The Cardinal Nation/Scout.com Player Profile
(including links to full 2011 and career stats)
School: Rice University
Selected 2011 stats
CariocaCardinal (24): Aaron Luna has been an on base machine during his career in the Cardinals system. In 2012, his OBP%+ (OBP-batting average) was his lowest of his career but it was still at a level that is significantly above average.
A staple of Luna's high OBP has always been his high hit-by- pitch rate. Many have down played him as they have thought this to be unsustainable as he rose through the ranks. So far though, through Triple-A, he has shown no signs of not being able to replicate this skill at higher levels. But Luna is not a one trick pony; he has also showed good power numbers posting a near .200 ISO SLG% for his career as well.
Luna has never been one to have a high batting average and with line drive percentages that are below average (just 12% in 2011 - close to his career average) he will likely never win a batting title. Luna's seems like a bubble type player offensively, one that brings significant assets to the table but likely will never be a star even at his full potential.
The key to his potential as a major leaguer will most probably be his defensive skills which are considered good but not outstanding. If teams think he play at least average major league defense, he most likely will get a shot of at least being a reserve outfielder in the majors.
Luna played well at Triple-A Memphis last year and would seemingly be ticketed to start 2012 at that level. The off season surgery by Alan Craig might open up a spot for Luna to get a look in spring training for the St. Louis club if the team thinks his arm is strong enough for right field and no other, more experienced outfielders are acquired by the team before then.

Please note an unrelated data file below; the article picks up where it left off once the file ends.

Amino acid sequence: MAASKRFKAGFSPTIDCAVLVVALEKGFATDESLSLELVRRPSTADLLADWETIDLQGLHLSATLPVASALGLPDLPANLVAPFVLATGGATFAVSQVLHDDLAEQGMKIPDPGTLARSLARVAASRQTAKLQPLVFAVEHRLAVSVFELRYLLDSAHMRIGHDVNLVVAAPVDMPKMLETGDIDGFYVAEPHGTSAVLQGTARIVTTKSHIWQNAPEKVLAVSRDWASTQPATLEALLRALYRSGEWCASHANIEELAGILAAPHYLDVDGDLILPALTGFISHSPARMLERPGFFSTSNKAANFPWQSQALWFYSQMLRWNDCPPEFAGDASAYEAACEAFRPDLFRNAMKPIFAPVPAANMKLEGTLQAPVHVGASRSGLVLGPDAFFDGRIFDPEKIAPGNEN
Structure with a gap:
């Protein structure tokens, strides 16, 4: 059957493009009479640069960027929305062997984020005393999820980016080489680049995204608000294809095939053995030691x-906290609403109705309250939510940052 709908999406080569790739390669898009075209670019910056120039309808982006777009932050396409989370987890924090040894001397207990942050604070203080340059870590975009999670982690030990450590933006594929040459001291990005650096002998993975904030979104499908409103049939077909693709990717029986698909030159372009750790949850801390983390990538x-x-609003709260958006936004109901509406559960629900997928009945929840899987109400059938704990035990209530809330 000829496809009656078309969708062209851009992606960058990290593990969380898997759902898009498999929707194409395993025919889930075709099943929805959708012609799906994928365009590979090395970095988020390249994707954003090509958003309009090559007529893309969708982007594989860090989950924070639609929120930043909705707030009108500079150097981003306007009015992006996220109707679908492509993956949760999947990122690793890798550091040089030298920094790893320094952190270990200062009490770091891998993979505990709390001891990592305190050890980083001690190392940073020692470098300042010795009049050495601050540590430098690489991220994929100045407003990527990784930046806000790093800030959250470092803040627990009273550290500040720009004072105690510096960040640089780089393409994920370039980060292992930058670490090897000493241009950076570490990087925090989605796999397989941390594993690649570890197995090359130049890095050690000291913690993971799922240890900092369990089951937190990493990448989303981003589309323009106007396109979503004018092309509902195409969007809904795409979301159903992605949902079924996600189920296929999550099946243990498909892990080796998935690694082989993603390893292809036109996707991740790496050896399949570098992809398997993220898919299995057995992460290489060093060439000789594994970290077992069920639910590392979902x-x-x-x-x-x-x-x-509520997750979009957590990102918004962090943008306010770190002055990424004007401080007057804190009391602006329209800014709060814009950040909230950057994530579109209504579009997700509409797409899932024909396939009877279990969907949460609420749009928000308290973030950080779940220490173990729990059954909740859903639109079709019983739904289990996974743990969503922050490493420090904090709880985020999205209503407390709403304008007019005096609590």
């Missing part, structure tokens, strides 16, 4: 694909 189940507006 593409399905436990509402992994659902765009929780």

Message board community (25): Luna was the community's 25th prospect, similar to his 21st rank from a year ago.
As with 2010, he split time between Springfield and Memphis. His Memphis hitting improved from .668 OPS in 2010 to .803 in 2011. One of Luna's other strong points has been his ability to get on base, with a career minor league OBP of .387. But his Triple-A rate has been lower, if respectable, at .354 in 2011. He crushed lefty pitchers last year, with a .424 OBP, .538 SLG. With such a solid OPS, and such good stats versus lefties, while playing Triple-A at age 24, what's not to like?
One of Luna's strong points had been his versatility, even the possibility he might be a second baseman. But this year, he only played two games at second, and most of his outfield time was in left field, though he did get 13 games in right and one in center. Also, Luna did not play every day last year, appearing in just 88 games. It's not a good sign that the club didn't find a way to play him more. Still, those qualities above suggest he stands a good shot at being a fourth outfielder someday. - Gagliano
Brian Walton (27): I like OBP as well as anyone, but I am not feeling the same level of love about Luna as the others. A potential platoon left-fielder against left-handed hitters is a fairly narrow niche. Luna really isn't all that versatile - not being athletic enough to handle second base or centerfield on a regular basis and without enough power to be a starting left fielder. A scout I spoke with about Luna noted he can be pitched to due to holes in his swing.
Demoted to Springfield at the end of July, Luna hardly dominated. He logged a line of .250/.409/.327 with just one RBI and four extra-base hits in 52 Double-A at-bats before suffering a season-ending stress fracture in his foot. Hopefully, that problem will not linger and affect his start in 2012.
Regarding his next assignment, I am not immediately optimistic. Luna has not yet been able to stick at Triple-A either of the past two years despite the Memphis offense being among the very weakest in the Pacific Coast League. As such, I cannot envision a realistic scenario in which Luna would yet compete for a job in St. Louis - short of a widespread epidemic of injuries there.
There should be regular at-bats to earn at Memphis, though it may not be easy. Adron Chambers, Shane Robinson, Tommy Pham, Chris Swauger, Jermaine Curtis and Amaury Cazana are likely to be in the outfield mix, not to mention if the potential for some combination of Matt Adams, Mark Hamilton and Matt Carpenter to be pushed to the corner outfield spots.
Our 2012 top 40 countdown continues: To see the list of top Cardinals prospects announced to date and remaining article schedule, click here. You can also read each of the voters' philosophies in making their selections.
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